— Charles Sanders Peirce, Collected Papers Vol. 2

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On fonts, mind control, contexts

Fonts control our minds. Everyone knows that. I feel like Roland Barthes’ Mythologies really needs a chapter on The New Yorker‘s font and its connotations/myth.


Did I read The New Yorker? This question had a dangerous urgency. It wasn’t any one writer or article he was worried about, but the font. The meaning embedded, at a preconscious level, by the look of the magazine; the seal, as he described it, that the typography and layout put on dialectical thought. According to Perkus, to read The New Yorker was to find that you always already agreed, not with The New Yorker but, much more dismayingly, with yourself. I tried hard to understand. Apparently here was the paranoia Susan Eldred had warned me of: The New Yorker‘s font was controlling, perhaps assailing, Perkus Tooth’s mind. To defend himself he frequently retyped their articles and printed them out in simple Courier, and attempt to dissolve the magazine’s oppressive context.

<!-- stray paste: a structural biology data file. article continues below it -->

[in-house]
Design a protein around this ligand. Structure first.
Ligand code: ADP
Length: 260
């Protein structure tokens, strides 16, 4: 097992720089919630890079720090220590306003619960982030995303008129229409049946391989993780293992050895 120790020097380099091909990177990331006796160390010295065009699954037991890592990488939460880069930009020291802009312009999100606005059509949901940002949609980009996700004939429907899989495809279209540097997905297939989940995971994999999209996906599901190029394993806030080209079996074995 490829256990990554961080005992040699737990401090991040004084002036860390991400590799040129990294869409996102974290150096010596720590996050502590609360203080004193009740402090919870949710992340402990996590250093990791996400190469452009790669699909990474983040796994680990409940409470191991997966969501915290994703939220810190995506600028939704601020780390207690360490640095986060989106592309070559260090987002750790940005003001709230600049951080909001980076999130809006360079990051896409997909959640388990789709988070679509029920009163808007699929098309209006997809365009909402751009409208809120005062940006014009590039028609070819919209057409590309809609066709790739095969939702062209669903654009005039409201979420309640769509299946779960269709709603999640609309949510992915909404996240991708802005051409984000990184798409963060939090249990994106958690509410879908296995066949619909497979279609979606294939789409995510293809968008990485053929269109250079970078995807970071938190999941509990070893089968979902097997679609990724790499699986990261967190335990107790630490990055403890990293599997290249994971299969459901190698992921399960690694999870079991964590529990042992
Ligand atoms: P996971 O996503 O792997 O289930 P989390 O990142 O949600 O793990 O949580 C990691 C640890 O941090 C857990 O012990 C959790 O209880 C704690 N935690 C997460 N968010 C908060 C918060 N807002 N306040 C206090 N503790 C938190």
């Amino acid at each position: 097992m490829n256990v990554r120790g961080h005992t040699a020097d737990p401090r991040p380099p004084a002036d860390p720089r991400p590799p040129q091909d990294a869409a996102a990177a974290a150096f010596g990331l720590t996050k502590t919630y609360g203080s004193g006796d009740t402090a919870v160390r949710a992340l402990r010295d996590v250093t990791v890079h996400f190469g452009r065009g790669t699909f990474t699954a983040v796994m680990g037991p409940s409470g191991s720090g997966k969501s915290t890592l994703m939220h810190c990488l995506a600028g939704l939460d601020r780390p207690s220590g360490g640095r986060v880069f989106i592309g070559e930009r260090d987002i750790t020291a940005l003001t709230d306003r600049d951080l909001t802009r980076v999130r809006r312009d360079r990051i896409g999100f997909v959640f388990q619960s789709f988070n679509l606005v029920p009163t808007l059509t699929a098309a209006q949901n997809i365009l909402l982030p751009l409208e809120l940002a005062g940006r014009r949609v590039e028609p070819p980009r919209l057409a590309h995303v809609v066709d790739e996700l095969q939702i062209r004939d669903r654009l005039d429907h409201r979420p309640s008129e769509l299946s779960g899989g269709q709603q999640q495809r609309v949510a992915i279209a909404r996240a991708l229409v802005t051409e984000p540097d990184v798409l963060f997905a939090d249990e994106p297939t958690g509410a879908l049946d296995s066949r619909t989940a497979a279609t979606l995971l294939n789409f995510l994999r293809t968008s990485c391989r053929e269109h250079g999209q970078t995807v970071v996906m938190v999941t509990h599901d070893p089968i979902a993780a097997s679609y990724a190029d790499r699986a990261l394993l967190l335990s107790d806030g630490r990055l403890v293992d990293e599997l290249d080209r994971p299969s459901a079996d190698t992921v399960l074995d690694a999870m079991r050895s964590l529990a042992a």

–  Jonathan Lethem, Chronic City p. 12-13


Often when we’re reading stories, and thinking about them and editing them, we’ll say, “Let’s go ahead and put it in the font.” It’s a sort of test marker. It makes things much more official. You get it in there and suddenly it looks much better, or sometimes it looks much worse.

–  Deborah Treisman, New Yorker fiction editor, qtd. in “Jonathan Lethem on the New Yorker Font


We all know that we are influenced in many, many ways — many of which we remain blissfully unaware of. Could typefaces be one of them? Could the mere selection of a typeface influence us to believe one thing rather than another? Could typefaces work some unseen magic? Or malefaction?


I have often wondered about the visual element in text. Yes, we read the word “horse,” but we also see the letters, the typefaces, the shape of the word on the page. Is this not part of the meaning? It seems evident that we respond to different typefaces in different ways, but how many experiments have been done to determine the effect of typefaces on our perception of truth? Do we more readily accept (as true) sentences written in one typeface rather than another?